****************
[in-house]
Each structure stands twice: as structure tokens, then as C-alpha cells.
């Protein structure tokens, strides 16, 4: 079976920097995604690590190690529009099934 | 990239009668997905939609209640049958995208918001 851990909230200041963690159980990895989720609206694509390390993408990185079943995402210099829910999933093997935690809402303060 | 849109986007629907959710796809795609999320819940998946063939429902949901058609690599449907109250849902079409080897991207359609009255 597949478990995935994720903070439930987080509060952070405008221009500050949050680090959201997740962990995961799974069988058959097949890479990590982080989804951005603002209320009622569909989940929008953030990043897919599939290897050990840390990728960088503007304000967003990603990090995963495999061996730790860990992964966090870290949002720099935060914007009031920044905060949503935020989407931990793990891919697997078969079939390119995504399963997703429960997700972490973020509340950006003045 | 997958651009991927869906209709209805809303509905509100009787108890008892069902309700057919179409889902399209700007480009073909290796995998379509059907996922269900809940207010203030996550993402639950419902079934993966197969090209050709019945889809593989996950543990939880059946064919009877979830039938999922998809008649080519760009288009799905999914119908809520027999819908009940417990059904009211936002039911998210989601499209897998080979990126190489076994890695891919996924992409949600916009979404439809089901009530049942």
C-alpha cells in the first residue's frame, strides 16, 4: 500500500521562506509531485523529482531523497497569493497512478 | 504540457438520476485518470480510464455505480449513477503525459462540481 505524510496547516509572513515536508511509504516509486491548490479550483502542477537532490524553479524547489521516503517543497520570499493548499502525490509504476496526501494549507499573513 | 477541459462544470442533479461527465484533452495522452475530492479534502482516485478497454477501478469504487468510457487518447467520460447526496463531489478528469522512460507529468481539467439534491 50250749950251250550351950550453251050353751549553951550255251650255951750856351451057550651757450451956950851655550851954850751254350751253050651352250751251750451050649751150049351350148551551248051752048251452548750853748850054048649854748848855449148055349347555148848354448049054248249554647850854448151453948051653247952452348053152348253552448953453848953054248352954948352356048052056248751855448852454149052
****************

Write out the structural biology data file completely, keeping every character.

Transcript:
[in-house]
Each structure stands twice: as structure tokens, then as C-alpha cells.
């Protein structure tokens, strides 16, 4: 079976920097995604690590190690529009099934 | 990239009668997905939609209640049958995208918001 851990909230200041963690159980990895989720609206694509390390993408990185079943995402210099829910999933093997935690809402303060 | 849109986007629907959710796809795609999320819940998946063939429902949901058609690599449907109250849902079409080897991207359609009255 597949478990995935994720903070439930987080509060952070405008221009500050949050680090959201997740962990995961799974069988058959097949890479990590982080989804951005603002209320009622569909989940929008953030990043897919599939290897050990840390990728960088503007304000967003990603990090995963495999061996730790860990992964966090870290949002720099935060914007009031920044905060949503935020989407931990793990891919697997078969079939390119995504399963997703429960997700972490973020509340950006003045 | 997958651009991927869906209709209805809303509905509100009787108890008892069902309700057919179409889902399209700007480009073909290796995998379509059907996922269900809940207010203030996550993402639950419902079934993966197969090209050709019945889809593989996950543990939880059946064919009877979830039938999922998809008649080519760009288009799905999914119908809520027999819908009940417990059904009211936002039911998210989601499209897998080979990126190489076994890695891919996924992409949600916009979404439809089901009530049942």
C-alpha cells in the first residue's frame, strides 16, 4: 500500500521562506509531485523529482531523497497569493497512478 | 504540457438520476485518470480510464455505480449513477503525459462540481 505524510496547516509572513515536508511509504516509486491548490479550483502542477537532490524553479524547489521516503517543497520570499493548499502525490509504476496526501494549507499573513 | 477541459462544470442533479461527465484533452495522452475530492479534502482516485478497454477501478469504487468510457487518447467520460447526496463531489478528469522512460507529468481539467439534491 50250749950251250550351950550453251050353751549553951550255251650255951750856351451057550651757450451956950851655550851954850751254350751253050651352250751251750451050649751150049351350148551551248051752048251452548750853748850054048649854748848855449148055349347555148848354448049054248249554647850854448151453948051653247952452348053152348253552448953453848953054248352954948352356048052056248751855448852454149052